Brain Facts

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Differentiating Anxiety Associated with Medical Illnesses from Primary Anxiety Diseases

After the clinician has established the presence of a general medical condition known to be associated with significant anxiety symptoms, he/she should undertake a careful and comprehensive assessment of the factors necessary to link the two conditions. Although there are no absolute guidelines, certain associations are helpful in establishing this connection. Are the onset of the symptoms temporally related? Is there a temporal association between the exacerbation or remission of the general medical condition and the enhancement or abatement of anxiety symptoms? Do anxiety symptoms disappear when the primary medical condition is treated? Are features that are atypical of a primary anxiety disorder present such as the usual age of onset, the initial presentation, type of onset, or an absence of family history? The clinician should also judge whether the disturbances that are present may be better accounted for by the presence of a primary anxiety disorder, a substance induced anxiety disorder, or an adjustment disorder brought on by the diagnosis of a primary medical condition.

In earlier work, reviewing patients who were felt to suffer from psychiatric symptoms caused by primary physical illness, Hall et al found that neurological and endocrine disorders were etiologically responsible for half of the medically induced anxiety symptoms encountered. In comparing these patients to patients with primary anxiety disorders seen in clinic, certain characteristics differentiated the patients with organic anxiety from those who suffered from a primary or psychogenic anxiety disorder. 1.) Patients with anxiety secondary to underlying medical illnesses tended to have disease characteristic fluctuations in the severity and duration of their anxiety or panic attacks. 2.) There was a clear cut association between the progression of their anxiety and their underlying disease. 3.) Medically induced anxiety disorders were most likely to have onset before the age of 18 or after the age of 35 in patients with a negative personal and family psychiatric history of anxiety or affective disorders and in patients who had not previously suffered from anxiety symptoms.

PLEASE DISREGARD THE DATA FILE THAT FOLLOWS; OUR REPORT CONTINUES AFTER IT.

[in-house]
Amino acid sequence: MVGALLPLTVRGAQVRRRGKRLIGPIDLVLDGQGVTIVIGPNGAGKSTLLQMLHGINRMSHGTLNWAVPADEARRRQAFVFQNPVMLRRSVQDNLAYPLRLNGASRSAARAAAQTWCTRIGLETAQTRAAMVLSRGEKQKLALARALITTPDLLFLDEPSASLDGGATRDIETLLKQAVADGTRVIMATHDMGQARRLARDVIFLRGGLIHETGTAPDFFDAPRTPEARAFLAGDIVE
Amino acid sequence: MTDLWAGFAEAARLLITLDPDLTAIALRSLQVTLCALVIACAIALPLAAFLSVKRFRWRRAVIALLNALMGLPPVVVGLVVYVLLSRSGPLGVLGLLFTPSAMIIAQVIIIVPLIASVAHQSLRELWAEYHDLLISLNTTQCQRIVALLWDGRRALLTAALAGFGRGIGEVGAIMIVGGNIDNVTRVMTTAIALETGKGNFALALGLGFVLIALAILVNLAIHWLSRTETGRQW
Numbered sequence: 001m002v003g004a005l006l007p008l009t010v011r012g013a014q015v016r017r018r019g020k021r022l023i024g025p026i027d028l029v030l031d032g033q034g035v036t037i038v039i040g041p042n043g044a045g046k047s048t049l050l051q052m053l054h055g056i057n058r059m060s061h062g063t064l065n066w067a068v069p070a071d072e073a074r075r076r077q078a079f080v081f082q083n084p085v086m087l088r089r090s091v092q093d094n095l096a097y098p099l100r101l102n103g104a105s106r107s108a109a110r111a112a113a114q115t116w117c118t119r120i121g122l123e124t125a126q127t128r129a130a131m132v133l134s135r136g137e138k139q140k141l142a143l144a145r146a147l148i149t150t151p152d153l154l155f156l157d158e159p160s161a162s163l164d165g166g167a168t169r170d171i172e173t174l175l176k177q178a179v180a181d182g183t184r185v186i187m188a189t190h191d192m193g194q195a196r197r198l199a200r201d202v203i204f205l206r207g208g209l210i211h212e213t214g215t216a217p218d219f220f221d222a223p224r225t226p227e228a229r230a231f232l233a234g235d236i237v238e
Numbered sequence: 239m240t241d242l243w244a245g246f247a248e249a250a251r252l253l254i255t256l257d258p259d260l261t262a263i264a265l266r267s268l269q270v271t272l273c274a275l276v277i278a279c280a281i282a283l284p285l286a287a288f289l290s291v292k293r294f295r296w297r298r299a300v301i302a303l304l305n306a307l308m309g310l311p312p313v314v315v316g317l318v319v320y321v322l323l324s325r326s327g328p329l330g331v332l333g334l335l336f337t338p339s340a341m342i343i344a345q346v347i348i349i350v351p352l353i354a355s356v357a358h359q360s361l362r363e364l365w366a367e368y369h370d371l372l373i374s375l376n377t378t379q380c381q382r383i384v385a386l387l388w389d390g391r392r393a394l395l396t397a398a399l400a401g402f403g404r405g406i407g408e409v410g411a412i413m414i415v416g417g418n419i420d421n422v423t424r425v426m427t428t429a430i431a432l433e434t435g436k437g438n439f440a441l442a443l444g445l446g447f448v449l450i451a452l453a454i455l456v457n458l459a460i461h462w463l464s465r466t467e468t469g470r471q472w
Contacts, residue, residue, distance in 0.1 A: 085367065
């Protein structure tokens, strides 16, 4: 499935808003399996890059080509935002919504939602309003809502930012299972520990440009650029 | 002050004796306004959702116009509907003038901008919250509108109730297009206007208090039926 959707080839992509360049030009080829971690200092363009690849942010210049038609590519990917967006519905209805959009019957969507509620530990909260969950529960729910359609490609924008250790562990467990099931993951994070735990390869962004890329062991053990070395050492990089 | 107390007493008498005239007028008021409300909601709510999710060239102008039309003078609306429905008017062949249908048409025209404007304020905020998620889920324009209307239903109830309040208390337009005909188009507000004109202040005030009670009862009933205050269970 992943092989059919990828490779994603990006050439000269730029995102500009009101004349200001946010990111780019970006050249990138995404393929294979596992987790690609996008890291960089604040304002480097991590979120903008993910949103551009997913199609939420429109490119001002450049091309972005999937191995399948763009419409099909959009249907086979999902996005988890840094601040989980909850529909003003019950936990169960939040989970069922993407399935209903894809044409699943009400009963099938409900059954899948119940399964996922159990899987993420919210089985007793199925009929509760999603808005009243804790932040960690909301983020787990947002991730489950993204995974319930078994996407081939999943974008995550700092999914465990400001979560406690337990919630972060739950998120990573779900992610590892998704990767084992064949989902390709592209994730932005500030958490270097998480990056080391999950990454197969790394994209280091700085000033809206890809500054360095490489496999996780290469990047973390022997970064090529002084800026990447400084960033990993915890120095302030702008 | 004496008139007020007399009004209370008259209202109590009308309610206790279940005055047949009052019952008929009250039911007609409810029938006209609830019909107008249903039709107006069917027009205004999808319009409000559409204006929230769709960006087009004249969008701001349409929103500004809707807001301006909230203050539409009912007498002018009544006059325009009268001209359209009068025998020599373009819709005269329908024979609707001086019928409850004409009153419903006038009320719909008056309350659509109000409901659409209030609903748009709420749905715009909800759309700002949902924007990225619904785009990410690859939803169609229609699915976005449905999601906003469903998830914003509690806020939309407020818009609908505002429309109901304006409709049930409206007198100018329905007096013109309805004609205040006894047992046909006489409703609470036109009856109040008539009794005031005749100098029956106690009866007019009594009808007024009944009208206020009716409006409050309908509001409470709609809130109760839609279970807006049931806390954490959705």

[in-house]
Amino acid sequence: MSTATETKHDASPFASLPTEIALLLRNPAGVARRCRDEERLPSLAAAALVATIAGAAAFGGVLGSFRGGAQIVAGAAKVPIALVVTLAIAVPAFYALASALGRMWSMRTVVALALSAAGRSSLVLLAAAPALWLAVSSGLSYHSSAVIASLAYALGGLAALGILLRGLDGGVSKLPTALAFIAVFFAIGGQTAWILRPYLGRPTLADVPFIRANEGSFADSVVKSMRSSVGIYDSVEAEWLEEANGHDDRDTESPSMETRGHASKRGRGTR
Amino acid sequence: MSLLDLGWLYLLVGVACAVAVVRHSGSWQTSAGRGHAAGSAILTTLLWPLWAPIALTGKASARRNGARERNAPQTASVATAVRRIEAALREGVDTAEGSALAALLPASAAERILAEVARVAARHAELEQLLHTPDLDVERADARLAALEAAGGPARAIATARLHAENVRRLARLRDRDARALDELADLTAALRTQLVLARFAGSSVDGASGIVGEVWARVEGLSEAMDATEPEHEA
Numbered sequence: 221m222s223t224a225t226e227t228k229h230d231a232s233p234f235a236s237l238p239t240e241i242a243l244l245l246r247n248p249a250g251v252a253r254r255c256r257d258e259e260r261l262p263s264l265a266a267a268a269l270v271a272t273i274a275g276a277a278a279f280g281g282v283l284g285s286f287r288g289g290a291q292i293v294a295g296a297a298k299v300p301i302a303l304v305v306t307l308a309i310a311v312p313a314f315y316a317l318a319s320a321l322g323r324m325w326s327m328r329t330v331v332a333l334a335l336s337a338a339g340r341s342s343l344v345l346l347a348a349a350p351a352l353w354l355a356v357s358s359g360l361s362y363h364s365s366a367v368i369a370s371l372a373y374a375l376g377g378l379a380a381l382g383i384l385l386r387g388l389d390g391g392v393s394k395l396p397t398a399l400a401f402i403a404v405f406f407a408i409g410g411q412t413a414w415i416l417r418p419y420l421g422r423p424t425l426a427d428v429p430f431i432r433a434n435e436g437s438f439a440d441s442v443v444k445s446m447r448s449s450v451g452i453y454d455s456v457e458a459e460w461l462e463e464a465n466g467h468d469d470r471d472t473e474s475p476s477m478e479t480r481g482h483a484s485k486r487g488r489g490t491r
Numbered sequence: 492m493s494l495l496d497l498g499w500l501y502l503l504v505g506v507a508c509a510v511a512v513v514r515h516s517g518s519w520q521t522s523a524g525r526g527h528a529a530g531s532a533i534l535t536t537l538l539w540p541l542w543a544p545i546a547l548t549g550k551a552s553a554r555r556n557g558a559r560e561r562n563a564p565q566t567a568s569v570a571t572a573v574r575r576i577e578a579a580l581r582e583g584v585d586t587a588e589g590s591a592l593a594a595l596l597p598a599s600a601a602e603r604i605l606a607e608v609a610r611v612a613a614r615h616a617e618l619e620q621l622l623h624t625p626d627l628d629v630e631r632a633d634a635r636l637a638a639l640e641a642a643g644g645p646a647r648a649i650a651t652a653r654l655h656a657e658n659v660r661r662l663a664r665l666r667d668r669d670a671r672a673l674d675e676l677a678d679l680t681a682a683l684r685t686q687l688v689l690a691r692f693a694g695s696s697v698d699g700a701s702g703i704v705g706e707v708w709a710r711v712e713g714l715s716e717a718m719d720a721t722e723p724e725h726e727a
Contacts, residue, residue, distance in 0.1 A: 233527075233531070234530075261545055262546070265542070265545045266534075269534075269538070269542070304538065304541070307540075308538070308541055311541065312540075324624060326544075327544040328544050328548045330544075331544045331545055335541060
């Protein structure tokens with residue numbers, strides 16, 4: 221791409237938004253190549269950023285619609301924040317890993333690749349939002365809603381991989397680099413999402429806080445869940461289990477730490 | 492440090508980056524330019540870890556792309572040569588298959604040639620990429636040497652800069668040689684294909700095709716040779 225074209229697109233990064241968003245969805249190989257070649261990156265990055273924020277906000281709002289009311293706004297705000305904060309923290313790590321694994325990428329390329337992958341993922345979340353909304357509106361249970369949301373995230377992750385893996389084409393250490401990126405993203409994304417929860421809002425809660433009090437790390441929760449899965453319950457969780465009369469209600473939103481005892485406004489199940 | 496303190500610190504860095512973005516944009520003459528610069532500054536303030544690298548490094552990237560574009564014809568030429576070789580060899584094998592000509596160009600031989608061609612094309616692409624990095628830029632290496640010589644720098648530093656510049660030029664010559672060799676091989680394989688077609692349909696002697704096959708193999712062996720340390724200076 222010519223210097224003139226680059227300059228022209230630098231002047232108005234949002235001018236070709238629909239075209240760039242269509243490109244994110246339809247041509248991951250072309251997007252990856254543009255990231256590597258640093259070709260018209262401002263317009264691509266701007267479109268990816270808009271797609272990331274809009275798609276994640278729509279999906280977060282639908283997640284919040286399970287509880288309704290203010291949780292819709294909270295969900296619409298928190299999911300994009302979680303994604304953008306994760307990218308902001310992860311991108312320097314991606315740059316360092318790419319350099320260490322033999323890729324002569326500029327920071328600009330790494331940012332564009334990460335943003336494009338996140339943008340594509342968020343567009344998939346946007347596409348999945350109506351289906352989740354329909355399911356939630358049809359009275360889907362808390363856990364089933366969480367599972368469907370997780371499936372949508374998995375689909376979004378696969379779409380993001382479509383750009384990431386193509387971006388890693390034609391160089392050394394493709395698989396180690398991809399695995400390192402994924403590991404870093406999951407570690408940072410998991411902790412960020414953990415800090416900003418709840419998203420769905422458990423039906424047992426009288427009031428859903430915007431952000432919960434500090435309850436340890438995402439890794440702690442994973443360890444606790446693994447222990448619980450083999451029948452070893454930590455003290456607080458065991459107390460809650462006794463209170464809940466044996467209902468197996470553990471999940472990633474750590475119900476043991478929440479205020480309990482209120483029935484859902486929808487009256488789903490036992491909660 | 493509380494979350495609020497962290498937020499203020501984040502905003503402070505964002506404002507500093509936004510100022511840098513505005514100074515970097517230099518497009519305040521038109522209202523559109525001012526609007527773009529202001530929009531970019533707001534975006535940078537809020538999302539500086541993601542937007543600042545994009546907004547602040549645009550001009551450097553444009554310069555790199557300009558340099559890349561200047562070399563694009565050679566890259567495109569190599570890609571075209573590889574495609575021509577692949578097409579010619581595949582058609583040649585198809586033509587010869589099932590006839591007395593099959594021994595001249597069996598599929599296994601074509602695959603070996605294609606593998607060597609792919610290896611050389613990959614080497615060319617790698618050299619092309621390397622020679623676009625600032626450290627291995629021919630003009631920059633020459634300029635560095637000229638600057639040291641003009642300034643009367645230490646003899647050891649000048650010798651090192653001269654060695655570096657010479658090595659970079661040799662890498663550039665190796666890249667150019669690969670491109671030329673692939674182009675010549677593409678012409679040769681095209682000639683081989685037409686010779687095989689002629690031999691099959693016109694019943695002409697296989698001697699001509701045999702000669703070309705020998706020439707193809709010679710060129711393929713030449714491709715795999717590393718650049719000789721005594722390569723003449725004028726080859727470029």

Conversely, the patients with primary anxiety disorders often presented with a history of other psychiatric symptoms including phobia, conversion symptoms, etc. and were much more likely to historically have suffered a recent major psychosocial stress or loss. Patients with primary anxiety disorders often had acutely developing symptoms as compared to the insidiously developing anxiety of medically ill patients. It was rare for these patients to have a history of anxiety persisting for more than two years.

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